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Tourism: On a Whim and a Prayer


We, the Citizens

 By Hugh and Colleen Gantzer

 Minister Satpal Maharaj has done Indian Tourism a great favour. He has struck a blow to sundry netas pontificating about how they have created “tourism attractions”. Everything from building a bridge to constructing a public toilet, to erecting a monstrous statue is passed off as a powerful magnet which will attract tourists. In this day when most children have smart phones and Internet usage has spread much faster than Covid across the globe, politicians must be blindly self-obsessed to believe that they can peddle such illusions. It is clear to most of our fellow citizens that such claims are patently false and that the real motivation is the self-promotion of the neta who hopes that the “attraction” has nothing to do with tourism and much to do with the neta’s obsession with self promotion.

So what has Minister Satpal Maharaj got to do with our netas’ myopic view of Tourism? Plenty. In a recent statement our Tourism Minister has described Tourism as a many-faceted activity. That is exactly what it is. In fact, Transportation, Travel and Tourism are Triplet activities which have driven our human civilisation ever since, according to the Leakey school of human progress, the first humans followed an unknown leader out of Africa’s Rift Valley.

Leaving such theories behind, however, we were relieved to read that Minister Satpal Maharaj  sees many  types of Tourism: Tea Tourism, Home-stay Tourism and Caravan Tourism. He has not mentioned giant statues of political figures becoming tourist attractions. They never have!

Tea Tourism was a thriving industry in Sri Lanka, our now beleaguered neighbour paralysed by greedy High Commanders. We lived in a tea factory, converted into an up-market hotel in Kandapola. Tea Tourism is based on the carefully cultivated mystique of the many types and grades of tea. Do your advisers, Mr Minister, know anything about teas classified as Orthodox, CTC, Golden Tips, Orange Pekoe, BOP, Dust, Fannings? Are they aware of the pivotal role played by the Chowfin family of Pauri, and others like them, invited by the East India Company? Have they ever tasted the soup-like Tibetan Tea enriched with Yak butter and flavoured with saltpetre skimmed from the wet-lands of the Nubra Valley, our own Central Asian plains beyond the Himalayas?  Yes, tea tourism is a great idea but does our Ministry have the expertise to meet the challenge?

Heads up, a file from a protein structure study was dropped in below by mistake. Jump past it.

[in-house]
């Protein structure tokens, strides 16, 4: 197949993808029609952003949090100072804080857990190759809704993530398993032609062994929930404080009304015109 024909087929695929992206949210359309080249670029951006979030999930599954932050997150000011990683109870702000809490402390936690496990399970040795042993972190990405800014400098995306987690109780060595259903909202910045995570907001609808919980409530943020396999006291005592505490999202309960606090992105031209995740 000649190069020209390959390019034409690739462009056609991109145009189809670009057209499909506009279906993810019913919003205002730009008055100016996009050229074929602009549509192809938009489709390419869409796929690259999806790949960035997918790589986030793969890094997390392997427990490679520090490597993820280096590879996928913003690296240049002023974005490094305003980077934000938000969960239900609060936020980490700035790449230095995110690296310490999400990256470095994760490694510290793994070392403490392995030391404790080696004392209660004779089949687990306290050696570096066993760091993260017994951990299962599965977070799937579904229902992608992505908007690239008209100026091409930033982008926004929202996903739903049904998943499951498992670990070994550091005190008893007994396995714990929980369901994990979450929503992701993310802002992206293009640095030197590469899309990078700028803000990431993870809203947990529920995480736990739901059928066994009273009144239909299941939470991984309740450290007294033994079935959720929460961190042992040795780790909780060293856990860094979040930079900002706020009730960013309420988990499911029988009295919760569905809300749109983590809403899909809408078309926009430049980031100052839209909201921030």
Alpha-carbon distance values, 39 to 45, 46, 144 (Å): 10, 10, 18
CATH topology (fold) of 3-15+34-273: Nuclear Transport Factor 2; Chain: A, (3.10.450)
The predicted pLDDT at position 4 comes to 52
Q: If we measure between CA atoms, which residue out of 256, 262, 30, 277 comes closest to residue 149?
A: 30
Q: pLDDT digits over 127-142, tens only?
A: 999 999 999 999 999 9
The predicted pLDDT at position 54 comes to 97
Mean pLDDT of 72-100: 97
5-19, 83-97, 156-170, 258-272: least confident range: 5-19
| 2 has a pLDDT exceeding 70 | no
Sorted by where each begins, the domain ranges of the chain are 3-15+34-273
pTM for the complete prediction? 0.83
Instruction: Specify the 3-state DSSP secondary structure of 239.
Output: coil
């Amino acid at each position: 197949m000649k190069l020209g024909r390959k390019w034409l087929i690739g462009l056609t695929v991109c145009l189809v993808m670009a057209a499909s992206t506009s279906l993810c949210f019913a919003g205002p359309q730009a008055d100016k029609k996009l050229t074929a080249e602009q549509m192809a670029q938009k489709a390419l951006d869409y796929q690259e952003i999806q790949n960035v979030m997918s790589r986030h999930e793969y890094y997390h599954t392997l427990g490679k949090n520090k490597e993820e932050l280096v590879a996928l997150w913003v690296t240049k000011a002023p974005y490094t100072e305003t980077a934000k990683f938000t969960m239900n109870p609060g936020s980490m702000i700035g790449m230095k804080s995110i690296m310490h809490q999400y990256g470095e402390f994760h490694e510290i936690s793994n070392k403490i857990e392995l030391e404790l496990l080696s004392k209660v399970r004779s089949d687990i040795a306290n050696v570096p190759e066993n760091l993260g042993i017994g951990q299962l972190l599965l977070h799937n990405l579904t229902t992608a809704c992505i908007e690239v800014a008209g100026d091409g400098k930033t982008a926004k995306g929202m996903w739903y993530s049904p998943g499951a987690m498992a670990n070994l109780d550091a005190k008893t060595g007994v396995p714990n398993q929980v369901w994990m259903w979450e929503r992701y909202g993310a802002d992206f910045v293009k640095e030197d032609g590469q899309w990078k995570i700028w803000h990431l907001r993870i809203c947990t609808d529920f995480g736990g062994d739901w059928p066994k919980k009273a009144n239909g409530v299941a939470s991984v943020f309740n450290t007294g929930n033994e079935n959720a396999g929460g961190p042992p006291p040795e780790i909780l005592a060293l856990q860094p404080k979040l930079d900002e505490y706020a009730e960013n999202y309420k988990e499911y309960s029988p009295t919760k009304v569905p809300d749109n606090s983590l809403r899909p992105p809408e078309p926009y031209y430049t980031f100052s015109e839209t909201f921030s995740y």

Caravan Tourism was also mentioned. This is a popular form of travel in Europe and the USA. We were invited by a Caravan Tour company to try out their services. We were very enthusiastic at first but on further enquiry, we had second thoughts. We do not have Caravan Parks. In such Parks, caravans draw up in to an appointed spot, connect their water, electric and waste disposal systems to park outlets. In our state, apparently, the caravan’s human waste storage tanks have to be emptied in the countryside. This is not only uncivic, it is disgusting and a likely spreader of disease.  We refused to take the caravan trip and the Tourism Ministry should either ensure the safe disposal of human waste from caravans or ban Caravan Tours.

Another proposal was the encouragement of Homestays.  Our Homestay experiences in Goa and Auckland, New Zealand, were superb. One of our two Homestays in Malaysia was disgusting and we told our hosts, the Malayasian Government, about it. A near equivalent is the, so-called, Village Tourism. Both our Village Tourism experiences in Madhya Pradesh were disasters although all our other tourism experiences in MP were superb and we have a published book to certify to it. Village Tourism can be a very iffy experience and it is best for the state to be very careful when promoting it.

We are surprised that our Minister has not latched on to the growing market of Two Wheeler Tours, particularly Motor Cycle Tourism. This popular activity has the support of the powerful Motor Cycle companies. Essentially, what the enthusiasts need are secure and sheltered garage facilities and, as an added attraction, updated road connection information. If provided with a list of local attractions and festivals, their closely-knit networks will give the destination more credible publicity than full-page ads in national dailies.

Finally, Mr Minister, prepare a Concordance of Village Festivals. Concordance expresses the dates of the festivals into the modern international calendar. If such a Concordance is freely available, it will encourage visitors to either extend their stay or take in the festival, or adjust their visit so that they can attend the festival. Every day added to a tourist’s itinerary will add to the income of our state. This would also provide a good yardstick to judge the popularity of the festival and help to attract commercial interest.

Switzerland is the world’s iconic tourism destination. It is also the banker to the world. There is no ethnic strife in diverse Switzerland. Everyone’s too busy ensuring peace and prosperity in that little, land-locked, mountainous state and Tourism drives it all.

You do get the message, Mr Minister?

(Hugh & Colleen Gantzer hold the National Lifetime Achievement Award for Tourism among other National and International awards. Their credits include over 52 halfhour documentaries on national TV under their joint names, 26 published books in 6 genres, and over 1,500 firstperson articles, about every Indian state, UT and 34 other countries. Hugh was a Commander in the Indian Navy and the Judge Advocate, Southern Naval Command. Colleen is the only travel writer who was a member of the Travel Agents Association of India.)